A German court has ruled that an IP address is not afforded the same privacy protections that Internet users enjoy for their names and other personally identifying information, even though a user may have a static IP address which is directly linked to the user alone.
In the ruling that was handed down last week, the district court of Munich held that without additional contextual information, an IP address alone does not count as “personal data.” Personal data is zealously protected throughout most of the European Union – much more so than it is in the United States.
And while the same issue has not yet come before a UK court, the UK’s office of the Information Commissioner has published guidelines which come to a similar conclusion, stating that “In practice, it is difficult to use IP addresses to build up personalised profiles…. Many IP addresses, particularly those allocated to individuals, are ‘dynamic’. This means that each time a user connects to their internet service provider (ISP), they are given an IP address, and this will be different each time…. So if it is only the ISP who can link the IP address to an individual it is difficult to see how the Act can cover collecting dynamic IP addresses without any other identifying or distinguishing information.”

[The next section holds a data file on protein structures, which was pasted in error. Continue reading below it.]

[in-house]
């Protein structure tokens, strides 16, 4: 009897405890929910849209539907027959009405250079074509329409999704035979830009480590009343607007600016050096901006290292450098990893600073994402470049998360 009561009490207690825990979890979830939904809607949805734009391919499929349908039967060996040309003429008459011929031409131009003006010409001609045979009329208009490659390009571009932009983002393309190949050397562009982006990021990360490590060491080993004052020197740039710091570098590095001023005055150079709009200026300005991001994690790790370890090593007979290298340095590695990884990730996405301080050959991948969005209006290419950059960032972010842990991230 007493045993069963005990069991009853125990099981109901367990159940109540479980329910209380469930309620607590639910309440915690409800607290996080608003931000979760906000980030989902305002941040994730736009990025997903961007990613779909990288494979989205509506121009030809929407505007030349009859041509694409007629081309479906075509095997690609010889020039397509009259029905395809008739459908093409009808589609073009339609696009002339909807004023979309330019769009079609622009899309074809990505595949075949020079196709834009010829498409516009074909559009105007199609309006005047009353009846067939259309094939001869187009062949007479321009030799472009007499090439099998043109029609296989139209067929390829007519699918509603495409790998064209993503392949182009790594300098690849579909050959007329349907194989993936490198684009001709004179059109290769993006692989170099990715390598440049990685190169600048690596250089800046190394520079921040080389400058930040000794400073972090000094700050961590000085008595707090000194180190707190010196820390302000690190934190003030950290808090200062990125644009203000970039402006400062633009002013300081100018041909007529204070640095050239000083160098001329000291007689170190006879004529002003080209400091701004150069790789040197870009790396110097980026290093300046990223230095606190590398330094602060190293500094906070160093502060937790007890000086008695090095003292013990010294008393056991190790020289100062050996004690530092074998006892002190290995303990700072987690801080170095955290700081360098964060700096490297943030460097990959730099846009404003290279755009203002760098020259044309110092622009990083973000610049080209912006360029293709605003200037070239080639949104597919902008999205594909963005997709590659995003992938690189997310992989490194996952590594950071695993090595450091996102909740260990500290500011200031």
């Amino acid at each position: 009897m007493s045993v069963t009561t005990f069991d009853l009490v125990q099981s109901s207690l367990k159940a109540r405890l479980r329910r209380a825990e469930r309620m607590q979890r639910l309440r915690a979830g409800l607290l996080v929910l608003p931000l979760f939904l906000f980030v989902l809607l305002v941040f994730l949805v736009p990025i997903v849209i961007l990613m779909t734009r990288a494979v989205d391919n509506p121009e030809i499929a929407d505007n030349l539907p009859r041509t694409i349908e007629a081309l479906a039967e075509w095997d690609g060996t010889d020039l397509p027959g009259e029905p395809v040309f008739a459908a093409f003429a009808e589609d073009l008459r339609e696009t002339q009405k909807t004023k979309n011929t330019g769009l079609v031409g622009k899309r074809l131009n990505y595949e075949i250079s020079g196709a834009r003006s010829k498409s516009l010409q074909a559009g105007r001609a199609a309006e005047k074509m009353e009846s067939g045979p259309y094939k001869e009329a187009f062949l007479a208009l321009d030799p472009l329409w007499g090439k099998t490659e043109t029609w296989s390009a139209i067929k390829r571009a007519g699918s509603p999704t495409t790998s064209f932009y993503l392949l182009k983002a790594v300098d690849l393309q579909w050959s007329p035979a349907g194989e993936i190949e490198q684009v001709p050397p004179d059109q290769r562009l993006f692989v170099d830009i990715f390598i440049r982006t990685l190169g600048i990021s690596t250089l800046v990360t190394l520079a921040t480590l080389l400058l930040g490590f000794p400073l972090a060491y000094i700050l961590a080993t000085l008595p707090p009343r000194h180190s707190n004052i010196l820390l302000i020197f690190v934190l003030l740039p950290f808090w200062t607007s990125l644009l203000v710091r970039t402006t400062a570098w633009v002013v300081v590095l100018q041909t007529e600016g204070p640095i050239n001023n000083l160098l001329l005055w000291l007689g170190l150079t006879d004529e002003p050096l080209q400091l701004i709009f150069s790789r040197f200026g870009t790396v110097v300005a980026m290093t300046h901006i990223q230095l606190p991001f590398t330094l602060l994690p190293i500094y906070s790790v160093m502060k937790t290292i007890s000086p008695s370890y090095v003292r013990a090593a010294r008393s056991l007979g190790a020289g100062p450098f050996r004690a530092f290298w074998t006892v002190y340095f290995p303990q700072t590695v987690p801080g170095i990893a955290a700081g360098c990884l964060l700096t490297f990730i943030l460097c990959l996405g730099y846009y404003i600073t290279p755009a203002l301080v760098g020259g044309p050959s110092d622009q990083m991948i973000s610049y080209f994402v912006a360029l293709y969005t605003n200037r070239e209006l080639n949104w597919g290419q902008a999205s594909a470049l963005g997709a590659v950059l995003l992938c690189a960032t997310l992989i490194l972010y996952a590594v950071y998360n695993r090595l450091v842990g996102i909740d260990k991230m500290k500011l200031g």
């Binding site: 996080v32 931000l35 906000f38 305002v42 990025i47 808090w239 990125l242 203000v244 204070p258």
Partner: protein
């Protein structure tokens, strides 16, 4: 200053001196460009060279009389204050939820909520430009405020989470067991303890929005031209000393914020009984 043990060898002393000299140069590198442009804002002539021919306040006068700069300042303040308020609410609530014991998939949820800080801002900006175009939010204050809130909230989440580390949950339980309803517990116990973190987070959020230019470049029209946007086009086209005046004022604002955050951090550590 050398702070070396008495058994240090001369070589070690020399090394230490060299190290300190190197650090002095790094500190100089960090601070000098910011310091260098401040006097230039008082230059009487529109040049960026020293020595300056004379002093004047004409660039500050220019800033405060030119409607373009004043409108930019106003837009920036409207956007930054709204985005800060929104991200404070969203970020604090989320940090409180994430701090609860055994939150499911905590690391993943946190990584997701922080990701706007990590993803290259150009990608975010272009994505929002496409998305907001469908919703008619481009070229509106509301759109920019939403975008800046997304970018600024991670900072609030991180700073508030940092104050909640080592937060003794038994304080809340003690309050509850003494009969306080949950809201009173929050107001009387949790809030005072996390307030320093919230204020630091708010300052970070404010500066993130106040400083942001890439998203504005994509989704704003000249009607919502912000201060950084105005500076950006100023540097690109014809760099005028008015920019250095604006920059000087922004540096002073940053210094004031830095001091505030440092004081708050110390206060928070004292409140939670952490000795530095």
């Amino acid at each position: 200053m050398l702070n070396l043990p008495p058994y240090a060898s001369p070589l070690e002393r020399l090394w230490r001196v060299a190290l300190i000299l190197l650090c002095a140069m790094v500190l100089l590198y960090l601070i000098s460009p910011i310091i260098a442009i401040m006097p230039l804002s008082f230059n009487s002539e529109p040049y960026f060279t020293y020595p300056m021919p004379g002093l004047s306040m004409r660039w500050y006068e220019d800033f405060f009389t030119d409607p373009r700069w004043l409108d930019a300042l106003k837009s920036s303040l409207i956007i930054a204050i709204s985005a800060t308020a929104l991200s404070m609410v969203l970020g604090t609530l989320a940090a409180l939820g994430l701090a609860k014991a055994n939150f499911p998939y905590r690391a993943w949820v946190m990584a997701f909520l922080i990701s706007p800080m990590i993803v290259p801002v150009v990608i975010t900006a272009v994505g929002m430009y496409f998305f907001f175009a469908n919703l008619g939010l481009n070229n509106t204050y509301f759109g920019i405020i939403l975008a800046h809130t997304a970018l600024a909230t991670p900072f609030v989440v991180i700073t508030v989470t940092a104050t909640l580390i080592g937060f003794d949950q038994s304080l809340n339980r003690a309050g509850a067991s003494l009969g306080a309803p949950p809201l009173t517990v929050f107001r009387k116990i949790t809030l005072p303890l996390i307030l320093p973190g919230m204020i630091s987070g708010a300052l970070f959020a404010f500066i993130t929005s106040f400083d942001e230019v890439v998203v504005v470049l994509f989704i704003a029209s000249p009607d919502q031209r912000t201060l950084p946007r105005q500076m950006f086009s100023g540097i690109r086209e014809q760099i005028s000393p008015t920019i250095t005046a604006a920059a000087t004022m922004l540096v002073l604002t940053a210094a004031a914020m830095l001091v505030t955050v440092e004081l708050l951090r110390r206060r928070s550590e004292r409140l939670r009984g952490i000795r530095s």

The UK guidelines go on to acknowledge that “Some IP addresses are ‘static’, and these are different. Like some cookies, they can be linked to a particular computer which may then be linked to an individual user. Where a link is established and profiles are created based on static IP addresses, the addresses and the profiles would be personal information and covered by the Act. However, it is not easy to distinguish between dynamic and static IP addresses, so there is limited scope for using them for personalised profiling.”
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Privacy advocates, however, including a committee of European privacy watchdogs known as “the Article 29 Working Party,” urge that IP addresses should be treated as personal data, both by ISPs and by search engines. The Article 29 Working Party argues that “Unless the Internet Service Provider is in a position to distinguish with absolute certainty that the data correspond to users that cannot be identified, it will have to treat all IP information as personal data, to be on the safe side.”
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